They don't normally need to. As Boromir comments at The Council of Elrond:
Some said that it could be seen, like a great black horseman, a dark shadow under the moon. Wherever he came a madness filled our foes, but fear fell on our boldest, so that horse and man gave way and fled.
For the start of their journey to the Shire they actually remained invisible, as we learn in The Hunt for the Ring (published in Unfinished Tales):
The Lord of Morgul therefore led his companions over Anduin, unclad and unmounted, and invisible to eyes, and yet a terror to all living things that they passed near. It was, maybe, on the first day of July that they went forth. They passed slowly and in stealth, through Anórien, and over the Entwade, and so into the Wold, and rumour of darkness and a dread of men knew not what went before them. They reached the west-shores of Anduin a little north of Sarn Gebir, as they had trysted; and there received horses and raiment that were secretly ferried over the River. This was (it is thought) about the seventeenth of July. Then they passed northward seeking for the Shire, the land of the Halflings.
Indeed the primary purpose of wearing cloaks appears to be to enable them to interact with people, in addition to the well-known questioning of Hobbits in the Shire, The Hunt for the Ring notes a number of other such interactions:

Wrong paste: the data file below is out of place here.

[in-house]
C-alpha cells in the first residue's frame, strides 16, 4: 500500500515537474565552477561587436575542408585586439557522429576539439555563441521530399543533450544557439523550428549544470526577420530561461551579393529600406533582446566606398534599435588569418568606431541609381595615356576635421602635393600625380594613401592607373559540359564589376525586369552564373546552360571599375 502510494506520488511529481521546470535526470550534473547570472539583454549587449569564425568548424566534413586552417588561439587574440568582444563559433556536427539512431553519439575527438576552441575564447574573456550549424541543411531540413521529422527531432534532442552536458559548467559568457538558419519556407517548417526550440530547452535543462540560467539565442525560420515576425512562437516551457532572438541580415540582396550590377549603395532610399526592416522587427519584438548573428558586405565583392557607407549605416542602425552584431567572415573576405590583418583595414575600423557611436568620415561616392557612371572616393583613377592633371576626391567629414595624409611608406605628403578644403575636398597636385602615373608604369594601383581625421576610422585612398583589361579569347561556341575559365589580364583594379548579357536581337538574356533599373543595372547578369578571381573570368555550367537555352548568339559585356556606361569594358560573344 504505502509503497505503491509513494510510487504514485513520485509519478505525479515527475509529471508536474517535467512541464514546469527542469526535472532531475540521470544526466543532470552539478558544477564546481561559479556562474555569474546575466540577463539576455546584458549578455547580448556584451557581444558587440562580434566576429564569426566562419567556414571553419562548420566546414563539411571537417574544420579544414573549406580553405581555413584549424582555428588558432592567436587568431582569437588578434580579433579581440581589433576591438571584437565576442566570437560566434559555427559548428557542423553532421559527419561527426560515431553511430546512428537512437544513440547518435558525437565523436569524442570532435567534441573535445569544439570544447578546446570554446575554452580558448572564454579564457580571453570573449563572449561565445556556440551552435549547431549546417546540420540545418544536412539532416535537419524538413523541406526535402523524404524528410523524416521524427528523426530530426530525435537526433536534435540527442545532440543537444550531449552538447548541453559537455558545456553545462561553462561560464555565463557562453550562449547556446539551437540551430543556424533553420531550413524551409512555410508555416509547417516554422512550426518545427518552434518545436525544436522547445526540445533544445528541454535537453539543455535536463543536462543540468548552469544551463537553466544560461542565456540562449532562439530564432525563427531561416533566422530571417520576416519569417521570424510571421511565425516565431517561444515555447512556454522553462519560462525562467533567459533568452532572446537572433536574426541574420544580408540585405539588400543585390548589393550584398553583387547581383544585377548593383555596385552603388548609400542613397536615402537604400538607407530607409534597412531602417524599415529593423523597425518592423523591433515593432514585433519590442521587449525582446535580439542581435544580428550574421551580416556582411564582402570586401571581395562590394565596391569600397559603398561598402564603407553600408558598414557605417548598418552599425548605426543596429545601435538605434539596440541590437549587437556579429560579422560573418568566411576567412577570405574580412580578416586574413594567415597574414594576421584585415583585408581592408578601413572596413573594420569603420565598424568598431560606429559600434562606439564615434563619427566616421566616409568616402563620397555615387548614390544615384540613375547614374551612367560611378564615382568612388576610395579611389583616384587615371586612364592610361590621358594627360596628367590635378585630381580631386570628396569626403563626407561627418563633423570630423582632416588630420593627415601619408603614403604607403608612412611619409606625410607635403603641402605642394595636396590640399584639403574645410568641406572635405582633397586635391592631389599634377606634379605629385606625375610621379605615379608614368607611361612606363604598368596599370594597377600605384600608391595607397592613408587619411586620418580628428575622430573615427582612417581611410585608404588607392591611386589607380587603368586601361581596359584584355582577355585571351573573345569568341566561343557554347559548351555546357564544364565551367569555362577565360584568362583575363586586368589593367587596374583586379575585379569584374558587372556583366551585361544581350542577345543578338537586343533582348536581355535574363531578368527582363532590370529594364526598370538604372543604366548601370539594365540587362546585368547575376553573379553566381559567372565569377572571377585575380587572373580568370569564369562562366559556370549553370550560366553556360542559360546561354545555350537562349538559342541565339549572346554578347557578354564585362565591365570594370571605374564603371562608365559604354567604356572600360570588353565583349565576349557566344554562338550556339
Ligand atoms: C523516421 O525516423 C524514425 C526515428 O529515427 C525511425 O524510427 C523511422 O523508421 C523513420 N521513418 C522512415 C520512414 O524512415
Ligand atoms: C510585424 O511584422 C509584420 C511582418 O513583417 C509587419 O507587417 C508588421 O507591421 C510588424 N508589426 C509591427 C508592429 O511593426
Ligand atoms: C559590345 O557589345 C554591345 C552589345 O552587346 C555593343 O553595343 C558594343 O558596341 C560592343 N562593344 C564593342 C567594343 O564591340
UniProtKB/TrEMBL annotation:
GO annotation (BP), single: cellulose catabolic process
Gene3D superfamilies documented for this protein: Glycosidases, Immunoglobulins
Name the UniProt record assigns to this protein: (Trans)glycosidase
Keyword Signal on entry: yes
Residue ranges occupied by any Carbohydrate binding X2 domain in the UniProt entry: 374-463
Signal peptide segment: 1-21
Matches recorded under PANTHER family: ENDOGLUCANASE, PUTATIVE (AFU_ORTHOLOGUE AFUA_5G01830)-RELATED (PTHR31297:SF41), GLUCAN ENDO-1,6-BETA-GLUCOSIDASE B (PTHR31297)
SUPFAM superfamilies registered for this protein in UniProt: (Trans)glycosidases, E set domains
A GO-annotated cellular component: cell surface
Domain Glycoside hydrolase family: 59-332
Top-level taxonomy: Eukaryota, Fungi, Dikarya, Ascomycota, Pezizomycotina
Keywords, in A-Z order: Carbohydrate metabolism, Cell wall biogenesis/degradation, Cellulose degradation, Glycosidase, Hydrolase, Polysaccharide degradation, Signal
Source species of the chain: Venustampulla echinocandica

- With Saruman
- With Wormtongue
- With some spies of Saruman's in Minhiriath.
As for the effectiveness of invisibility in taking the Ring from Frodo on Weathertop, you're seeing a plot-hole where none exists. The Nazgul's primary weapon isn't invisibility, it's fear, again from The Hunt for the Ring:
...so great was the terror that went with them (even invisible and unclad)...
This extract even goes so far as to suggest that the fear they cause is even reduced when they are invisible.
We see this in the Weathertop scene, where the book describes the Hobbits' reactions:
Terror overcame Pippin and Merry, and they threw themselves flat on the ground. Sam shrank to Frodo's side. Frodo was hardly less terrified than his companions; he was quaking as if he was bitter cold...
So the Nazgul hardly need to be invisible, they just need to scare the living bejeezus out of people, and there is a suggestion that they can more effectively do so if they can be seen.